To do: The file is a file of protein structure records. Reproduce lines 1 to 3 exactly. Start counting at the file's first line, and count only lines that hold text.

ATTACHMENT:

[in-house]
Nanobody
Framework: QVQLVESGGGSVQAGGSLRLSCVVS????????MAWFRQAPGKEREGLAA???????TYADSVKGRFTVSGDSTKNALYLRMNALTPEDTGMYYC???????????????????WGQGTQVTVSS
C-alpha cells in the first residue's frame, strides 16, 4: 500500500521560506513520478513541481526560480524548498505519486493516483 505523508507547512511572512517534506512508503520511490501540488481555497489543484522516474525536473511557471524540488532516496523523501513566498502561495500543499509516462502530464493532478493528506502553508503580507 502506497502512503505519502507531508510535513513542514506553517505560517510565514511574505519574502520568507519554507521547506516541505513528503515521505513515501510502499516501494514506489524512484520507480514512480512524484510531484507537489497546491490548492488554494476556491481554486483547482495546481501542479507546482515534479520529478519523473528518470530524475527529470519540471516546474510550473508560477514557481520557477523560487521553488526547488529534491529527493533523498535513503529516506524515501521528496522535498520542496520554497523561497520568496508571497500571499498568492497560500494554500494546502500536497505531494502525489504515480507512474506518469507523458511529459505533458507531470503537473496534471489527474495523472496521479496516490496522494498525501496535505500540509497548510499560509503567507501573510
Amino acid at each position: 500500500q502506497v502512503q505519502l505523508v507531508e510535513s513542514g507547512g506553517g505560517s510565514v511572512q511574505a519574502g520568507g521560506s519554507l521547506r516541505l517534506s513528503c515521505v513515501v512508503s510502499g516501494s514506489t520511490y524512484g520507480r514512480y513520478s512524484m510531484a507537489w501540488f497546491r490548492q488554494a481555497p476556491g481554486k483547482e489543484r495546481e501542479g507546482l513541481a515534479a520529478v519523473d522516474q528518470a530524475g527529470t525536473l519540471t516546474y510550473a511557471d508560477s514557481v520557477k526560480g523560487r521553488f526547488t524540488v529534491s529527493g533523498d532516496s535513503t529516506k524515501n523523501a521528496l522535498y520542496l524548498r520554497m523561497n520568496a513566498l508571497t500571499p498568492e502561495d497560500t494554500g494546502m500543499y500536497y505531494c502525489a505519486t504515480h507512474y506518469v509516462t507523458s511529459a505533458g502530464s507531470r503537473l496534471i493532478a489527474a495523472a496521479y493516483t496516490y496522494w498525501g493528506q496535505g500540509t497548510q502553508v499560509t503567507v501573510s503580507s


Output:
[in-house]
Nanobody
Framework: QVQLVESGGGSVQAGGSLRLSCVVS????????MAWFRQAPGKEREGLAA???????TYADSVKGRFTVSGDSTKNALYLRMNALTPEDTGMYYC???????????????????WGQGTQVTVSS